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The Major TV Networks Crack Down -- On Themselves -- to Restrict Their News Coverage of Osama Bin Laden and Afghanistan

StoryOctober 11, 2001
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The five major television news organizations reached a joint agreement yesterday to follow the suggestion of theWhite House and abridge any future videotaped statements from Osama bin Laden or his followers to remove language thegovernment considers inflammatory. The decision is the first time in memory that the networks had agreed to a jointarrangement to limit their prospective news coverage. It was described by one network executive as a "patriotic"decision that grew out of a conference call between the nation’s top television news executives and the White Housenational security adviser, Condoleezza Rice, yesterday morning.

The five news organizations, ABC News, CBS News, NBC News, along with its subsidiary, MSNBC, the Cable News Networkand the Fox News Channel all had broadcast, an unedited taped message from Osama bin Laden on Sunday. On Tuesday, theall-news cable channels, CNN, Fox News and MSNBC, also carried the complete speech of a spokesmen for Al Qaeda.

White House spokesperson Ari Fleischer indicated in his news briefing yesterday that Rice was primarily concernedthat terrorists could be using the broadcasts to send coded messages to other terrorists. Last month, Fleischergenerated concerns about the administration’s tolerance of dissent when he warned, "There are reminders to allAmericans that they need to watch what they say, watch what they do."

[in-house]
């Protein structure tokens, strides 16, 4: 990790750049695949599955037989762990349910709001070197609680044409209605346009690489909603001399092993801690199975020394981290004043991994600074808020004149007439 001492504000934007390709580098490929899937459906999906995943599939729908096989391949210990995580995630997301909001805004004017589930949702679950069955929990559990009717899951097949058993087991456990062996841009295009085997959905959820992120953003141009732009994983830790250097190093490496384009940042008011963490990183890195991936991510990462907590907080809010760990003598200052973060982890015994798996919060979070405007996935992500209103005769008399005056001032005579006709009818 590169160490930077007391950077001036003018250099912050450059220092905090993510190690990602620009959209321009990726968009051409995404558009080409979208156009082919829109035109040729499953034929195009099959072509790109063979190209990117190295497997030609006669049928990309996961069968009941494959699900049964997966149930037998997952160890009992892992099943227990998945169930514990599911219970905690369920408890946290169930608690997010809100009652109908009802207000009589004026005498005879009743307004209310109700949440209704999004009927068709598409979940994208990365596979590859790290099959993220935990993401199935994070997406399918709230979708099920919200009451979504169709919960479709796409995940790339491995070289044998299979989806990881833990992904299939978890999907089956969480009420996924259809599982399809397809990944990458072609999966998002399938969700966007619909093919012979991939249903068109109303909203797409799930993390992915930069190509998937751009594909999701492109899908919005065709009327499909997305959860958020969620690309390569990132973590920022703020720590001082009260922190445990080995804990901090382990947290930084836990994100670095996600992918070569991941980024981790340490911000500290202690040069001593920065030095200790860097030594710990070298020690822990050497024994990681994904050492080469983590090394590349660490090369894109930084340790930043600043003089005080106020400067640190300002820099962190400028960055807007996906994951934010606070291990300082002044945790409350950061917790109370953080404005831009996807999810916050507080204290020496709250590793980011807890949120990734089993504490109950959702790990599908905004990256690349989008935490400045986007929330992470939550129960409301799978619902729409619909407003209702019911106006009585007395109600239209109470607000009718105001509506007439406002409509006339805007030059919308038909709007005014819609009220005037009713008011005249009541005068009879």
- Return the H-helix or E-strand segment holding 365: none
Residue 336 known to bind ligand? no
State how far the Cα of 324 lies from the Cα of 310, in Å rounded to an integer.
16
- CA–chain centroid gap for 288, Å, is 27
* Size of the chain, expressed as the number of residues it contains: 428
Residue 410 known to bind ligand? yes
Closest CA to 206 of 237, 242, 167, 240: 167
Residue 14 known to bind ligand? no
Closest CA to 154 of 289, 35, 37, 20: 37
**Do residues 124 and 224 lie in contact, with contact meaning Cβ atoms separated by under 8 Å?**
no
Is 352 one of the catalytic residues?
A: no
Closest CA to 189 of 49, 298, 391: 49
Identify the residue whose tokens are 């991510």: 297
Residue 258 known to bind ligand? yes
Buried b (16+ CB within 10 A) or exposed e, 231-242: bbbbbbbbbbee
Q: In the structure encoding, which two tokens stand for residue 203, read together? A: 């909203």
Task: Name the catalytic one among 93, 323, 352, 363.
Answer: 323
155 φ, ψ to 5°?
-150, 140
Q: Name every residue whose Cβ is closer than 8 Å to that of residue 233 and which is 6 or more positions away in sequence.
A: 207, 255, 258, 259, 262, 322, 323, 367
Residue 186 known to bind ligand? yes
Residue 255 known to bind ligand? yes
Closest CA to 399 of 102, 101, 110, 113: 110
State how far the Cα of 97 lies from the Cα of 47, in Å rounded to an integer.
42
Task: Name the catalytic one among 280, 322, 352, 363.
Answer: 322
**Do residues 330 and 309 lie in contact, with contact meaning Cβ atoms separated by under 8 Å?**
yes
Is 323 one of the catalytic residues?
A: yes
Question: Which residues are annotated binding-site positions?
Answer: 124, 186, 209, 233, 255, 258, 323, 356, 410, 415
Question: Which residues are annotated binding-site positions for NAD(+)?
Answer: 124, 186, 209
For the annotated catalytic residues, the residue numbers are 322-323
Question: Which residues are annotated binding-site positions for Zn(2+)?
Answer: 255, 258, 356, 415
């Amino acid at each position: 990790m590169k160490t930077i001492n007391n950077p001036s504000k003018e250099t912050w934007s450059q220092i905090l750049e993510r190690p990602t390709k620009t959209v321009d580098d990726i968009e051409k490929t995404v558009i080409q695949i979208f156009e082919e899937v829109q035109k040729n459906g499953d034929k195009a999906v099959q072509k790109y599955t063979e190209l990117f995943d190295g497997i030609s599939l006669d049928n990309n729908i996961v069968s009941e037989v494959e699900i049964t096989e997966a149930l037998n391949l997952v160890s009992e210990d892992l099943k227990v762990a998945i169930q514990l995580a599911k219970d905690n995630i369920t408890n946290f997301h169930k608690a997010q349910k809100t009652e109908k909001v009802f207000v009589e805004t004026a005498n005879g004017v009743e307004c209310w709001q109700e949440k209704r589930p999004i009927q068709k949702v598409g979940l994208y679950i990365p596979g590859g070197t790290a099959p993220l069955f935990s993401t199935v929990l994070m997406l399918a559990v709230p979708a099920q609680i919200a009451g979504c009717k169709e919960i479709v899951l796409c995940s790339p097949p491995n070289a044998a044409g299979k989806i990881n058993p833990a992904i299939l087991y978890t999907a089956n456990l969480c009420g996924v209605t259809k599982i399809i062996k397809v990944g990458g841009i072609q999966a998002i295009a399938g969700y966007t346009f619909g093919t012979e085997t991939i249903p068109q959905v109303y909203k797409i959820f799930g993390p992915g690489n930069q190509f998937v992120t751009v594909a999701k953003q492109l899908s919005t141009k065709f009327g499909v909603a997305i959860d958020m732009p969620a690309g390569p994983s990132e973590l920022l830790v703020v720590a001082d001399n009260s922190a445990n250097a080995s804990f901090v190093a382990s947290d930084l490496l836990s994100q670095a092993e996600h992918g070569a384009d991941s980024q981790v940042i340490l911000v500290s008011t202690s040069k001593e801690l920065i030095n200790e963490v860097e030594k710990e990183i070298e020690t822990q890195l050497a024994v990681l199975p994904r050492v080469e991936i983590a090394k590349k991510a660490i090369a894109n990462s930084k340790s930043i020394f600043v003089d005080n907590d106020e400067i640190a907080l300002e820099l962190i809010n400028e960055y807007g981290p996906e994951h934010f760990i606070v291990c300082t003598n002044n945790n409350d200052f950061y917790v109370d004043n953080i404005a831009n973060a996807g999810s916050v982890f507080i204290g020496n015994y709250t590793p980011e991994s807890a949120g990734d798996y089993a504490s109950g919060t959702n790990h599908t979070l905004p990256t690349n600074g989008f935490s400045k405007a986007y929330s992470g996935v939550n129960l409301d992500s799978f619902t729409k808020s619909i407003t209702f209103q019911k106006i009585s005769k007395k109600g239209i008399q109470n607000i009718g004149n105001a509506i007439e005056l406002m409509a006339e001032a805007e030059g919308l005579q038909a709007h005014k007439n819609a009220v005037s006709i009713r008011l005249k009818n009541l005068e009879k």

This decision comes against the backdrop of government unhappiness that the Voice of America, the U.S.-sponsoredbroadcaster, aired an excerpt of an interview with Taliban leader Mullah Mohammad Omar, in direct defiance of theState Department. In sharp contrast to the Clinton administration, the Bush White House has aggressively sought tokeep firm control on information, even on the most mundane of items. In the wake of the Sept. 11 attacks, they havefurther tightened the reins. Censoring news is a common practice during wartime, but this call to news executivesraises the specter of restricting the flow of information from the source that Americans most frequently turnto—television.


  • Danny Schechter, founder and Executive Editor of Mediachannel.Org.
  • George Monbiot, columnist for the British paper The Guardian.

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